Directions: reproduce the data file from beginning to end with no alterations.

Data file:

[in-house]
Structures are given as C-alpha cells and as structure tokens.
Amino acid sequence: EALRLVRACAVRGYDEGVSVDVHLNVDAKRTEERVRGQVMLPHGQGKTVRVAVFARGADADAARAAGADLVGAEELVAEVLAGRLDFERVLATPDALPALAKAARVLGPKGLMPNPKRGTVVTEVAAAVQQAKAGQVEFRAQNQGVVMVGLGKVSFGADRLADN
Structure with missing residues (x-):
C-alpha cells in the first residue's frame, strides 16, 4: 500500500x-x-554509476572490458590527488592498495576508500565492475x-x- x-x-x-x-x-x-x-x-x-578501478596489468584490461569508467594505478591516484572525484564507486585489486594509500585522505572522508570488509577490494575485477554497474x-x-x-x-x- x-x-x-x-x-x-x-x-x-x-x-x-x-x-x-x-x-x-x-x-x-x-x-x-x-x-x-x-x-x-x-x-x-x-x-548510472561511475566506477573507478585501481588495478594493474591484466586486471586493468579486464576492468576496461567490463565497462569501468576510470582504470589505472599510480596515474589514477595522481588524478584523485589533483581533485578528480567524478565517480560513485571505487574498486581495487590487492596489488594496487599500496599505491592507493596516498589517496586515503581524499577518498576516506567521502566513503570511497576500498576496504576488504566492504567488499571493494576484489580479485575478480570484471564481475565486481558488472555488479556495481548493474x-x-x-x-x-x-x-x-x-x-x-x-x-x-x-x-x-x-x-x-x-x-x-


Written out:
[in-house]
Structures are given as C-alpha cells and as structure tokens.
Amino acid sequence: EALRLVRACAVRGYDEGVSVDVHLNVDAKRTEERVRGQVMLPHGQGKTVRVAVFARGADADAARAAGADLVGAEELVAEVLAGRLDFERVLATPDALPALAKAARVLGPKGLMPNPKRGTVVTEVAAAVQQAKAGQVEFRAQNQGVVMVGLGKVSFGADRLADN
Structure with missing residues (x-):
C-alpha cells in the first residue's frame, strides 16, 4: 500500500x-x-554509476572490458590527488592498495576508500565492475x-x- x-x-x-x-x-x-x-x-x-578501478596489468584490461569508467594505478591516484572525484564507486585489486594509500585522505572522508570488509577490494575485477554497474x-x-x-x-x- x-x-x-x-x-x-x-x-x-x-x-x-x-x-x-x-x-x-x-x-x-x-x-x-x-x-x-x-x-x-x-x-x-x-x-548510472561511475566506477573507478585501481588495478594493474591484466586486471586493468579486464576492468576496461567490463565497462569501468576510470582504470589505472599510480596515474589514477595522481588524478584523485589533483581533485578528480567524478565517480560513485571505487574498486581495487590487492596489488594496487599500496599505491592507493596516498589517496586515503581524499577518498576516506567521502566513503570511497576500498576496504576488504566492504567488499571493494576484489580479485575478480570484471564481475565486481558488472555488479556495481548493474x-x-x-x-x-x-x-x-x-x-x-x-x-x-x-x-x-x-x-x-x-x-x-